Because of their inability to converse with each other, a boy and his grandfather are sure that they will spend their day together quietly apart. However, when the boy begins to draw, the grandfather finds a way to communicate with his grandson: through picutres! The pair spends their day creating a story that combines their artistic styles and cultures, showing that art can transcend the language barrier between them. Drawn Together gorgeously illustrates how one can build a relationship withou Because of their inability to converse with each other, a boy and his grandfather are sure that they will spend their day together quietly apart. However, when the boy begins to draw, the grandfather finds a way to communicate with his grandson: through picutres! The pair spends their day creating a story that combines their artistic styles and cultures, showing that art can transcend the language barrier between them. Drawn Together gorgeously illustrates how one can build a relationship without conversing in a spoken language.I was given an ARC of this book from the publisher in return for an honest review.
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  • Alicia
    January 1, 1970
    When language becomes a barrier, even in families where the newer generation was not raised with their family's native language, the boy and his grandfather find common ground through illustration creating vivid, three dimensional worlds that leave them closer than they were when they were eating separate foods, speaking separate languages, enjoying separate things. The sentimentality of the grandparent/grandchild connection is just as important as it's diversity in characters.
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  • Beth
    January 1, 1970
    A young boy and his grandfather have difficulty communicating (whether that's a language barrier or just a generational one is ambiguous, but likely intentionally) but find drawing as their means of connecting with each other. A story with a beautiful message and equally beautiful illustrations. I could see this one being in Caldecott contention. My only criticism is that I found the middle of the story a little muddled and confusing, but the ending was absolutely stellar.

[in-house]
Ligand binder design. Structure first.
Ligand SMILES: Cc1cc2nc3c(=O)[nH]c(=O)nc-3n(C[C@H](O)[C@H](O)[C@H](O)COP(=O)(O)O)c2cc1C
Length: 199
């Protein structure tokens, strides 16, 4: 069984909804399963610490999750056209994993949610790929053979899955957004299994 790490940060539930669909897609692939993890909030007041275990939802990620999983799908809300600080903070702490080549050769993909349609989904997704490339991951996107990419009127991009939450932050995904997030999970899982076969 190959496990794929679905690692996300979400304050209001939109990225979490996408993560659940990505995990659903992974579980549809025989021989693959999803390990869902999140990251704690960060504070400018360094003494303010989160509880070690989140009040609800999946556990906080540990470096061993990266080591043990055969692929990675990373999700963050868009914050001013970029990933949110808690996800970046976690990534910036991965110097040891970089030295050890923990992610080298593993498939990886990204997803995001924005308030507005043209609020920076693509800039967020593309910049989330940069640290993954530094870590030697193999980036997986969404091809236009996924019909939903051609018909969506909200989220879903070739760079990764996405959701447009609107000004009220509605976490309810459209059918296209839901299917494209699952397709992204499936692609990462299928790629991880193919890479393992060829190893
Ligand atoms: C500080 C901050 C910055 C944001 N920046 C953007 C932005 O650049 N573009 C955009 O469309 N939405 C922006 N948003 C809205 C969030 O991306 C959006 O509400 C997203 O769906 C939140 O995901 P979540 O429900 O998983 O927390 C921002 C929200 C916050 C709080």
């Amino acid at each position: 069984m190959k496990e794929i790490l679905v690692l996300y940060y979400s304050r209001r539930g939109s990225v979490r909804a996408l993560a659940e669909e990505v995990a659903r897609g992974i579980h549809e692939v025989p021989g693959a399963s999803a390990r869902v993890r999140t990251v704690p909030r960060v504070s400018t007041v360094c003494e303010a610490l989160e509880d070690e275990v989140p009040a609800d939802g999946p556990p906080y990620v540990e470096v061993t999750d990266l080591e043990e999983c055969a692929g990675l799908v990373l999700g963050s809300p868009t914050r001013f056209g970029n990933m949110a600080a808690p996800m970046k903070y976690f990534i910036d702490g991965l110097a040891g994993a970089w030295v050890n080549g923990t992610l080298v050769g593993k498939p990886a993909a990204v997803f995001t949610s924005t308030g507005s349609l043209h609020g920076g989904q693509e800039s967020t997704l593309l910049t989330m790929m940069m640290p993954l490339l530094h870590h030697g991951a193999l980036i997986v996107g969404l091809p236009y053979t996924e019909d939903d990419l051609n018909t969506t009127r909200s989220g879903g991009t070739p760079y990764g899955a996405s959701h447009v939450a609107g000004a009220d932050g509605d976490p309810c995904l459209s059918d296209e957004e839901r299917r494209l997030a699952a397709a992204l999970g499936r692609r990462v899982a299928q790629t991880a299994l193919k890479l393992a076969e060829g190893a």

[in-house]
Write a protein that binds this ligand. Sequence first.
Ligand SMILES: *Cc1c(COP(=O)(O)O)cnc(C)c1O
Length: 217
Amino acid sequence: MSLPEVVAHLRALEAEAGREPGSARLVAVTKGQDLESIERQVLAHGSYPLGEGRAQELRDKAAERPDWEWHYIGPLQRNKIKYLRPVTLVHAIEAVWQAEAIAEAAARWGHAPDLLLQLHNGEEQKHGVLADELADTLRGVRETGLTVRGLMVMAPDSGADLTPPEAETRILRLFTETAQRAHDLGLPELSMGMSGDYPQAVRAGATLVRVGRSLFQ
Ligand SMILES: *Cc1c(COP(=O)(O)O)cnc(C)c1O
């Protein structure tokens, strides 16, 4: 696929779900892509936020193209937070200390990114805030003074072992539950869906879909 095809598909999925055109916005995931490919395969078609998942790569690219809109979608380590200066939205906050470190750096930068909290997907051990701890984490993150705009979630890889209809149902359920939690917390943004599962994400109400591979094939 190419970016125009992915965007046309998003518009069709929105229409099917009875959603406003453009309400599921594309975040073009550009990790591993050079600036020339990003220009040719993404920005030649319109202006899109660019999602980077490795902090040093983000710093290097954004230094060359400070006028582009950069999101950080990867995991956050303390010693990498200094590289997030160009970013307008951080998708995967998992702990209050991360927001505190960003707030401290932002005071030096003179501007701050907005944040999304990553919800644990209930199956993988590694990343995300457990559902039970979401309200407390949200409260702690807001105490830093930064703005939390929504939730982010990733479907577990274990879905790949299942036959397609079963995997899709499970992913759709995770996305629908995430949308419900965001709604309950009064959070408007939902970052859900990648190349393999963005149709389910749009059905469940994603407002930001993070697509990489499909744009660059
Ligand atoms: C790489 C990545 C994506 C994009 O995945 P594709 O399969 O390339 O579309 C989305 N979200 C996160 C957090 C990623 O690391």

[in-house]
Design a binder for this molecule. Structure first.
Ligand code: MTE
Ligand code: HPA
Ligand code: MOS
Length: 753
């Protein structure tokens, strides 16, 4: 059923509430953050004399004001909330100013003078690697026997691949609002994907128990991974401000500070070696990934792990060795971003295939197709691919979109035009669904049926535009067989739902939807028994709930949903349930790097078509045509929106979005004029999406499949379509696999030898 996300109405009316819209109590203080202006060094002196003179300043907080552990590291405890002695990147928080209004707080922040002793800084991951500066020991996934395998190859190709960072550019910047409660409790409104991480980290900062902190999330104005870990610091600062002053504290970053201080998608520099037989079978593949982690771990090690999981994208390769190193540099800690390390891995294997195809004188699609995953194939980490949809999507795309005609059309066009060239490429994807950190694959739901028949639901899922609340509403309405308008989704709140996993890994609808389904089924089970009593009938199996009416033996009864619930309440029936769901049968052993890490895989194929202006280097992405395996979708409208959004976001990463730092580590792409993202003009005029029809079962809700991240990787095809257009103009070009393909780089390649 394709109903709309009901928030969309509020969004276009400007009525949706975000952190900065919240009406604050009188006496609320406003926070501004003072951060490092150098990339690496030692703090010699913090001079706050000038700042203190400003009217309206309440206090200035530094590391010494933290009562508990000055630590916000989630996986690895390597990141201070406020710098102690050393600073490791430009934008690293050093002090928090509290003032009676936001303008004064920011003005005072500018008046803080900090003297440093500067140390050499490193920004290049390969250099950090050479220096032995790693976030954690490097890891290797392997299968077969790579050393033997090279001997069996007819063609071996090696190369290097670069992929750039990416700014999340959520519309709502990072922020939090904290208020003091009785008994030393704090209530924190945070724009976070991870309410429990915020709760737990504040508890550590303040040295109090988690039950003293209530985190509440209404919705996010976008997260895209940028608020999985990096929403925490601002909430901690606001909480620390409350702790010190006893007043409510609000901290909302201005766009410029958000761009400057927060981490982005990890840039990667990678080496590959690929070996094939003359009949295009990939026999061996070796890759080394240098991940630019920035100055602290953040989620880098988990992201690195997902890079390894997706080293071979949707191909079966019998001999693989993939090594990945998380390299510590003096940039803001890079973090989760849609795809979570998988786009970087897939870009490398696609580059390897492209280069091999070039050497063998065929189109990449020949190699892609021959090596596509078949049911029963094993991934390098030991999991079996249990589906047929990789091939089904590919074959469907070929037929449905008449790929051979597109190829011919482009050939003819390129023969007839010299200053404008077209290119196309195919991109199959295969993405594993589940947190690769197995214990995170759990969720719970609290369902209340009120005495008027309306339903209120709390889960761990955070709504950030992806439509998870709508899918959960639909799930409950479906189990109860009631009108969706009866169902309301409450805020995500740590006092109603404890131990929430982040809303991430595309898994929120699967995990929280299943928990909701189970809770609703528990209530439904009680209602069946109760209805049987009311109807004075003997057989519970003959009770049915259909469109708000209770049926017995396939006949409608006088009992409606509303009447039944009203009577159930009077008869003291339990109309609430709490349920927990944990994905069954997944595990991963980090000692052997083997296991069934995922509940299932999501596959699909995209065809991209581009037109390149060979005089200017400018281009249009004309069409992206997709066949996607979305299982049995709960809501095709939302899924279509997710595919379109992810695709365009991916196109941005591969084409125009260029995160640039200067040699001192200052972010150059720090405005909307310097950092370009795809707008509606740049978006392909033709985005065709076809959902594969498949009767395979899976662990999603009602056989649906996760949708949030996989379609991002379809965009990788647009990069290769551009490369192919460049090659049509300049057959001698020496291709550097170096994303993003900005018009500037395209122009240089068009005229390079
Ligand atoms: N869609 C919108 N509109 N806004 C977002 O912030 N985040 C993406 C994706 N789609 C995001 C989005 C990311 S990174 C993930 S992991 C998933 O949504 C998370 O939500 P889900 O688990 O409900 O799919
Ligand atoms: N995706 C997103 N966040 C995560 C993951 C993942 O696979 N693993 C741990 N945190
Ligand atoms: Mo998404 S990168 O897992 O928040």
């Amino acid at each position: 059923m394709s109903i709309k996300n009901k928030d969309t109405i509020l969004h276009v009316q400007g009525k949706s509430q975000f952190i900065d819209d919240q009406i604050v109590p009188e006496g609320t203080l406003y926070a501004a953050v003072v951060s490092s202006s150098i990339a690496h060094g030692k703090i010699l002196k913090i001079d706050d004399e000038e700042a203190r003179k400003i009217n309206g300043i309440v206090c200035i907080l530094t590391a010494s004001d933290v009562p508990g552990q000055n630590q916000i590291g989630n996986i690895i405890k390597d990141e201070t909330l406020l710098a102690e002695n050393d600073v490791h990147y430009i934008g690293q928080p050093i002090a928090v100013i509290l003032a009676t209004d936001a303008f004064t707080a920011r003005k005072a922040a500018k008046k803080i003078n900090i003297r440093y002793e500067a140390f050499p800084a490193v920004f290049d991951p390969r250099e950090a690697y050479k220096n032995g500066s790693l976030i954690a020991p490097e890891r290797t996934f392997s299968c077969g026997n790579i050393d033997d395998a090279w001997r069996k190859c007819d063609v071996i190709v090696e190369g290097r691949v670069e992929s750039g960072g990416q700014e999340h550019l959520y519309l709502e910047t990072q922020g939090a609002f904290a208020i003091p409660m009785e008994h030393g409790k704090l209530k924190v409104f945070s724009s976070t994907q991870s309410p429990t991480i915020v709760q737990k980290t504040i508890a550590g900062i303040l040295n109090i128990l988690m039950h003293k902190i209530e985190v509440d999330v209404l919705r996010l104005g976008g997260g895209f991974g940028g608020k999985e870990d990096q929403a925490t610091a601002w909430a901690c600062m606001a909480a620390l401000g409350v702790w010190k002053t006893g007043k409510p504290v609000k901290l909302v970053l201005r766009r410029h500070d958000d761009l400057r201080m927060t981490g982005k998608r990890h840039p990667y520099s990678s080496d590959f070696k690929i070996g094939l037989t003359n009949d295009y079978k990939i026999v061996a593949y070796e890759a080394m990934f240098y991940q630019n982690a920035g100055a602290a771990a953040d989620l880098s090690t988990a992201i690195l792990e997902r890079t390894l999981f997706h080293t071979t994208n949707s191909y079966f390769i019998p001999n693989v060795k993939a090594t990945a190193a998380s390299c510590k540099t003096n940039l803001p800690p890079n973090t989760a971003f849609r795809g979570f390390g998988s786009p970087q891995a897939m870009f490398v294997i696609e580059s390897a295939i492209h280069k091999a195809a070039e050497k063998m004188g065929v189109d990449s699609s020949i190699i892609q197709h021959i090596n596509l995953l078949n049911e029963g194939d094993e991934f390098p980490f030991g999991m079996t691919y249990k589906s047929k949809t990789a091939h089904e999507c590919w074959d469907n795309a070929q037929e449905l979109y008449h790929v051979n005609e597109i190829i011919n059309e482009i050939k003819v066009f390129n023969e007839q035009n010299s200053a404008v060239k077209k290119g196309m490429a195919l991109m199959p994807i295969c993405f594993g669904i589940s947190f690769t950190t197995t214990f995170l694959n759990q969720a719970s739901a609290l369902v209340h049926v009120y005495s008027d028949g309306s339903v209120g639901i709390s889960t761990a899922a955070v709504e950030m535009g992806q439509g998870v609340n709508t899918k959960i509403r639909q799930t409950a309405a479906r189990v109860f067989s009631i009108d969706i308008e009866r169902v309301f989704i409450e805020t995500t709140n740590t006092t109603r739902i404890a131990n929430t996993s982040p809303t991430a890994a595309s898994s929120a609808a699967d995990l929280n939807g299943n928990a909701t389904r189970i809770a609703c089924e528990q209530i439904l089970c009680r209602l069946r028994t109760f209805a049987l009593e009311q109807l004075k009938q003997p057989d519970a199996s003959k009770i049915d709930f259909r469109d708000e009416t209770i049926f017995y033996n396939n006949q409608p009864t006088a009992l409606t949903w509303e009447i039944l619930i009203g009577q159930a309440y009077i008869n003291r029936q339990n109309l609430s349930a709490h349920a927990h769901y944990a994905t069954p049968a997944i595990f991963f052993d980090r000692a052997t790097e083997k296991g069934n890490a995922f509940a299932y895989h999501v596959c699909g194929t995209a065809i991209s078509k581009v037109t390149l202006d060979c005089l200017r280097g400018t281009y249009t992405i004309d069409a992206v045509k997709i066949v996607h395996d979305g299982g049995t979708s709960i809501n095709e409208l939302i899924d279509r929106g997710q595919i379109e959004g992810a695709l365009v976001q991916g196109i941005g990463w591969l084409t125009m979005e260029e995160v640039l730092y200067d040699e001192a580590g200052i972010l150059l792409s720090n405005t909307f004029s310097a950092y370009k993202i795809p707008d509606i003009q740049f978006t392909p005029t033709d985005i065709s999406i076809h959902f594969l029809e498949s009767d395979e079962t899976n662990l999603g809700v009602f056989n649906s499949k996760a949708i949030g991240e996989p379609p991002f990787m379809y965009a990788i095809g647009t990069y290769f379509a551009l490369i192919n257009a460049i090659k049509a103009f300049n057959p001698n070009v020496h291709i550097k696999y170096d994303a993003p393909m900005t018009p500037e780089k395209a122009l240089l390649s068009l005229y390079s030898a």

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  • Julie Kirchner
    January 1, 1970
    I couldn’t wait for this picture book! Minh Le and Dan Santat have created a beautiful masterpiece in both words and pictures. This is an amazing story of a boy and his grandfather spending the day together. Their language barrier comes crashing down when they share their love of drawing and creativity. The power of art cannot be underestimated! Loved this book.
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  • Kris Dersch
    January 1, 1970
    An absolutely gorgeous book...from story to illustrations. My 4-year-old was totally into it, it's totally going to make adults cry, a truly multigenerational book *many* people and families will relate to. All about bridging gaps, figuratively and literally and the power of art. Can't see this being a disappointment to anyone who picks it up.
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  • Anna Martino
    January 1, 1970
    My friend just showed me this amazing picture book by Minh Le, Illustrated by Dan Santat. Beautiful story about a young Thai boy, who discovered a way to connect with this grandfather, who doesn't speak English, through drawing. It made me cry just now. You can watch Dan Santat speak about the process here https://www.youtube.com/watch?v=QpNR2...
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  • Marjorie Ingall
    January 1, 1970
    A lovely depiction of cross-generational communication through the joy of making art. Dan Santat's illustrations are confident, funny, and informed by both pop culture and Thai folklore (not that you need to know this to appreciate the book). I looked at the title page and noticed that the book is set in Danvetica; that's pretty boss, having your own font, Dan Santat. A sweet book for grandparents and kids to enjoy together.